“Everyone here is feeling jubilant,” said Father Charles Corso, adding that last minute preparations are still taking place.

With a report from CTV Montreal’s Annie Demelt


Randall and the Whale…

We need to keep Randall, his family and his calling in prayer…

So I’m in my beloved office, easily the nicest office of any Canadian Covenant Pastor I believe.

Yes, I resigned this morning. One of the toughest things I’ve ever done.

Things were shifting it felt like, since this past winter, and I couldn’t determine what it was exactly. It felt like the church was at a great place, a kind of wide open space and I wasn’t getting any sense of new direction for us.

And we struggled through Lauralea’s health scare, then a daughter got married and two sons were graduating and my course was drawing to a close. I felt like it was a good opportunity to spend some discernment time about what I wanted to do for the next part of my working life. I quietly listed some of the dreams we’ve held on to for a while, and wondered if now was the time for some of those things to come alive.

It was a tough spring, feeling like we were waiting for the other shoe to drop, and something to fall into place and give us clarity, but nothing gave us clarity or peace.

Calls came from other churches, asking of we were open, and each one was processed & prayed through by us and some of the church leadership here, and nothing stuck, nothing seemed right or gave us that peace.

And then late one night an email came from a friend who asked if I would be willing to consider a church that needed some of the things I had to offer.

I knew this church and have known it for some time, and I need to say that I have thanked God many times that he had never called me to pastor it. For my own biased reasons, I never wanted to pastor that church, or truth be told, live in that province.

And just so you know how arrogant I can be, I have told God in the past, never that church. Please.

The reasons are my own, but I remember crawling into bed and telling Lauralea of the email and who had sent it. Once she heard who was asking she said “That’s probably it then eh?” I said something smart like not if I can help it.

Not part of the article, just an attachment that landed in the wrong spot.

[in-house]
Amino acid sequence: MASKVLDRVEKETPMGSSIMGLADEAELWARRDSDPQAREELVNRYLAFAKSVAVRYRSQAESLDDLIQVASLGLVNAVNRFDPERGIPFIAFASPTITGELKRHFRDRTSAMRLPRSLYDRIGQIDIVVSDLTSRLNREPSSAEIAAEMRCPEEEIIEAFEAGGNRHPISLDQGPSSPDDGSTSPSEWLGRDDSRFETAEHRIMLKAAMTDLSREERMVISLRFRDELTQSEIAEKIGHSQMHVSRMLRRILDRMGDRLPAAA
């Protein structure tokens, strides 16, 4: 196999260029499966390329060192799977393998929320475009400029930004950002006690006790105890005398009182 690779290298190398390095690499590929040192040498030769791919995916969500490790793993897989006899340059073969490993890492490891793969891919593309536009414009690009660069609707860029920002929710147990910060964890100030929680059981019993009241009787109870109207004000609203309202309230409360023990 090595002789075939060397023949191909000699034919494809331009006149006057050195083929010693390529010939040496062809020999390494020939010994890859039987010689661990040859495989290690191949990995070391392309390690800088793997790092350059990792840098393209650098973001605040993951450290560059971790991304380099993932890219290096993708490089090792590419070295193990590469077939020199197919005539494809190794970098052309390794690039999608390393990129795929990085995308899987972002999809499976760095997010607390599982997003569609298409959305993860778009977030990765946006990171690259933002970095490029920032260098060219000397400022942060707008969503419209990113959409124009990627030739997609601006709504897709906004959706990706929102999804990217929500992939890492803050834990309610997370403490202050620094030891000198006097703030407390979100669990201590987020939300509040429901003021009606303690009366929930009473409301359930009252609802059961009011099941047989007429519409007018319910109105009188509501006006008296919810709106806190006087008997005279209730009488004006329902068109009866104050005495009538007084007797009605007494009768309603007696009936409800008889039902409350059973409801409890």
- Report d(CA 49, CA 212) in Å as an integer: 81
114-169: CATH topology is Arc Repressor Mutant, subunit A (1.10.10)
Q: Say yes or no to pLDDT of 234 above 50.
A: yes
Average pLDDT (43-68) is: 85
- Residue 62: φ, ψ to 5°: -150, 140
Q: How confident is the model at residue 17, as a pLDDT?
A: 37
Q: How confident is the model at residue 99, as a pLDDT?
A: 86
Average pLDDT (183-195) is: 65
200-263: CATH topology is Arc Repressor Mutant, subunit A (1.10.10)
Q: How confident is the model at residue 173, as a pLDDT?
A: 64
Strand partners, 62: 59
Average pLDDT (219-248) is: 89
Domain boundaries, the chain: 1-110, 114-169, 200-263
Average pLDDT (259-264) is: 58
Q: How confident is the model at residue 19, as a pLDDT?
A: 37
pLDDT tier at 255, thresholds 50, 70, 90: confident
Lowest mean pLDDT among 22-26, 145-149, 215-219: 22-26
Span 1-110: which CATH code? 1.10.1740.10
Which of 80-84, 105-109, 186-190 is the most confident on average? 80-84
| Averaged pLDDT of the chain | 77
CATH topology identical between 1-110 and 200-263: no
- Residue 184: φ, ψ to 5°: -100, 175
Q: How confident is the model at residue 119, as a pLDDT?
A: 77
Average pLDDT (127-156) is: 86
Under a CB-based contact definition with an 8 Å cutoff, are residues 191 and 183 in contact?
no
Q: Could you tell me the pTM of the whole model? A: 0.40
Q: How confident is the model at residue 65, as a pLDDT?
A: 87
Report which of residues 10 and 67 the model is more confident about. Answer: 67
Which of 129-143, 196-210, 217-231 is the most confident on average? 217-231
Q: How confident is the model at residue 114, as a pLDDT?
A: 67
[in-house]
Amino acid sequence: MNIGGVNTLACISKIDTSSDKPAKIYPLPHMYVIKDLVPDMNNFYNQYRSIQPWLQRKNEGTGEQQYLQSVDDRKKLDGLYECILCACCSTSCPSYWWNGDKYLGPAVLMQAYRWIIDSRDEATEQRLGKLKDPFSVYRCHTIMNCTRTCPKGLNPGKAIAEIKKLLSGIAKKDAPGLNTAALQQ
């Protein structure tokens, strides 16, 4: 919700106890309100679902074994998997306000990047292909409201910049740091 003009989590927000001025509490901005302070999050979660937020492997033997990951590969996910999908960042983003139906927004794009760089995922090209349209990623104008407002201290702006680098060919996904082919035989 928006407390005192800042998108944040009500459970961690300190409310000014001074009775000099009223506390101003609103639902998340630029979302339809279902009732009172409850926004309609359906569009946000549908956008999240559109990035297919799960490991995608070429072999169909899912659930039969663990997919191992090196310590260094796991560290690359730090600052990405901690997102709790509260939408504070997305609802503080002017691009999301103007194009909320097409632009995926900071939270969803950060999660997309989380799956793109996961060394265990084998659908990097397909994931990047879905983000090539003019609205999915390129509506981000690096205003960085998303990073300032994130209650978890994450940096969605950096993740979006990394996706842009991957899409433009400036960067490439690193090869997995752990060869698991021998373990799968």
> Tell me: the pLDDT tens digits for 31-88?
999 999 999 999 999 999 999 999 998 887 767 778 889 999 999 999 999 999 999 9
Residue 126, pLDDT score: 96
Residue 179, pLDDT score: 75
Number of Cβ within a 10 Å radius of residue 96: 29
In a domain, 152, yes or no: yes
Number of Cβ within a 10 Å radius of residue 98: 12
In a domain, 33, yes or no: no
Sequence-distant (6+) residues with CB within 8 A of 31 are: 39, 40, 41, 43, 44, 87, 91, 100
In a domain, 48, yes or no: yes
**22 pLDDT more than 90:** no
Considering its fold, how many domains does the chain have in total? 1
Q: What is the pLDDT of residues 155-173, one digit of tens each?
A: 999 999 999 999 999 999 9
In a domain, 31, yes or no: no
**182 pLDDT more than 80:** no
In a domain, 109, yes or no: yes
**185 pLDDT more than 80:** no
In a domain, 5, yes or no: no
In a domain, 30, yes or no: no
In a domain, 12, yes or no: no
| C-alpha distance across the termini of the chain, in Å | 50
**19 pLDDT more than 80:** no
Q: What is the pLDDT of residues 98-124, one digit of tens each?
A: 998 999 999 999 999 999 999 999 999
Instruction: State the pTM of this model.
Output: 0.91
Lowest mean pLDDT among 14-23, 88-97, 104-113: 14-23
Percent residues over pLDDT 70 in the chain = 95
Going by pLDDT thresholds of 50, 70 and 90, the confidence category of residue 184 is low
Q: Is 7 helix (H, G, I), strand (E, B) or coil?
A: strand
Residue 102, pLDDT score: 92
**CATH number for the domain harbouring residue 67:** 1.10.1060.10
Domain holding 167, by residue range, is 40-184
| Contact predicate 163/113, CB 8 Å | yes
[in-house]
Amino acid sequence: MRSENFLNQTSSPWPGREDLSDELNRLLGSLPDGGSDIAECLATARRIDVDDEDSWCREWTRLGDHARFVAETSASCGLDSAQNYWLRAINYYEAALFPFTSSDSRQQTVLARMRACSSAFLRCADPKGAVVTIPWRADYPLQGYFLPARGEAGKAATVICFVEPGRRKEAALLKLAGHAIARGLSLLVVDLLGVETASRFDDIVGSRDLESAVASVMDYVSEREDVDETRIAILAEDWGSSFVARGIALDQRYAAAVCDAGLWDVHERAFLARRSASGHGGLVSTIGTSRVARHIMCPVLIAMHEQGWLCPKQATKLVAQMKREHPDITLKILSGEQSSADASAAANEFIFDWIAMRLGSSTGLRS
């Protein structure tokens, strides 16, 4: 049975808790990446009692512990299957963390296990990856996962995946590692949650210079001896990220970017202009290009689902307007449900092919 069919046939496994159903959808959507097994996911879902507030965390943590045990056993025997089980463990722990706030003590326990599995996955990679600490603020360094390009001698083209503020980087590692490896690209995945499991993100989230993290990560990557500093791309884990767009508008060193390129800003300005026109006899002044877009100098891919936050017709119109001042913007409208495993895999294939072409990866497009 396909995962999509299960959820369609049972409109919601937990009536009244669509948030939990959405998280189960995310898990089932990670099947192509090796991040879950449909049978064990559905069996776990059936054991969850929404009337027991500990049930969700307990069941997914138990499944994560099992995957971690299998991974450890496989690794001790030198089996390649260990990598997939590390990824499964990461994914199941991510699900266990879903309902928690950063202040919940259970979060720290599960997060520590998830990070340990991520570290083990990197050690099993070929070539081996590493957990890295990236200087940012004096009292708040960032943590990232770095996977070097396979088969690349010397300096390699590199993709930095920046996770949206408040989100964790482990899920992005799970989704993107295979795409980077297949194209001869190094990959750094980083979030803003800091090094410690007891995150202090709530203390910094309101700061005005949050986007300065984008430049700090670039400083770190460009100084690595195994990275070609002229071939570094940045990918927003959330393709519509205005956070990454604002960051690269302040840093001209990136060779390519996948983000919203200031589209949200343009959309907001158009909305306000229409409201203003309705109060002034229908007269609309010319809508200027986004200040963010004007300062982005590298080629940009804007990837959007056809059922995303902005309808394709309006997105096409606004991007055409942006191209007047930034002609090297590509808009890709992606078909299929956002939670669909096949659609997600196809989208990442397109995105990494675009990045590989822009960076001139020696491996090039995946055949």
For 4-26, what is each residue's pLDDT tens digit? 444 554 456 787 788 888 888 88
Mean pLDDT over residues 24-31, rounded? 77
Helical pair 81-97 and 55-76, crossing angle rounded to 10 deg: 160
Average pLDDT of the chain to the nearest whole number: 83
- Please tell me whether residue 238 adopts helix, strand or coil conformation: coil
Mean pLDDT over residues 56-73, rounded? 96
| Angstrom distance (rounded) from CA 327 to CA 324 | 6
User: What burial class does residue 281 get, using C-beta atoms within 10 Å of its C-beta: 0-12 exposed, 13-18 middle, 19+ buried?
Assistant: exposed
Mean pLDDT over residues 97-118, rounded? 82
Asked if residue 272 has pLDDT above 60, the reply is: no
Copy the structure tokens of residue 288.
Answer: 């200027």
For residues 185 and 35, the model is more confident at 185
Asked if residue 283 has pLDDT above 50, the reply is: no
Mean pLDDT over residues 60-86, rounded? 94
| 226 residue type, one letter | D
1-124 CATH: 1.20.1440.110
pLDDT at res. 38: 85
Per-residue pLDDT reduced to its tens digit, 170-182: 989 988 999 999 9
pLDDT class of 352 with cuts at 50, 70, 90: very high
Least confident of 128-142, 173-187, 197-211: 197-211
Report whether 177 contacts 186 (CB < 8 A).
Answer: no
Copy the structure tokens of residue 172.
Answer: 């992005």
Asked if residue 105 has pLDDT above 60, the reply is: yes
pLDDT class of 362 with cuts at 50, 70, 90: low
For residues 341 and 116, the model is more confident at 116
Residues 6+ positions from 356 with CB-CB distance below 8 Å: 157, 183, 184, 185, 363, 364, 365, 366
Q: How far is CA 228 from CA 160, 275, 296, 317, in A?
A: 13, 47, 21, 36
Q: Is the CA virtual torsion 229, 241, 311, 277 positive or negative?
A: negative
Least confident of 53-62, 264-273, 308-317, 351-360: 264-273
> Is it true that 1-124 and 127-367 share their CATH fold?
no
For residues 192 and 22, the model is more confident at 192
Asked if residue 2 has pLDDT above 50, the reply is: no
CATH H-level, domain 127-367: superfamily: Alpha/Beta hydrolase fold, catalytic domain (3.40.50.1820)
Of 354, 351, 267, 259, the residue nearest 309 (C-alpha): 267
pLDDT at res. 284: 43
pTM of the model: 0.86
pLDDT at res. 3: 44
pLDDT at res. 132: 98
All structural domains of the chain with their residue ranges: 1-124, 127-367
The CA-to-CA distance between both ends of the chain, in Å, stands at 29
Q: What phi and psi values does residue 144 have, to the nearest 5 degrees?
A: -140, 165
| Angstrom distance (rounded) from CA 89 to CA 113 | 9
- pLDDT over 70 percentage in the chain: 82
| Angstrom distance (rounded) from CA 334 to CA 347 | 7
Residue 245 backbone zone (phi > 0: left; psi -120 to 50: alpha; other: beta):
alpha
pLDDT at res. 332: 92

So we processed this call like any other, and I fought for a long while to get my heart to the place where it didn’t matter if we went there or not. Obviously I had things to deal with about my perception of the place. Or at least, about my arrogance in telling God what I would or wouldn’t do.

Fighting with God gets old, and I tried to get my head to the place where I could actually believe that God didn’t care where I was working. But like Lauralea asked one night, “How do you feel about living in the belly of a fish for a few days?”

Point taken.

Really this process has been about coming to terms with my wants and wishes being contrary to Gods. And how to live in that space.

Fortunately or not, this church wouldn’t get out of my system, I couldn’t shake it. I had less peace when I considered dropping it, than when I considered walking it through. And the people who were discerning with us were agreeing. So we met with the church and they with us, and we were impressed with who they are. Good, prairie people, with a few systems issues and a long past history to live out.

It is a rural church, located in a field, in Alberta, at the crossroads of two grid roads. There is a manse beside the church, and a cemetery beside the manse.

It’s a rural church, did I mention that? I’ve pastored in Southern Ontario with tons of people, then in Winnipeg with lots of people, then in Prince Albert with a few thousand people. But who am I when I pastor a church in a field?

Like I told a friend, my world seems to be continually getting smaller, or perhaps more focused.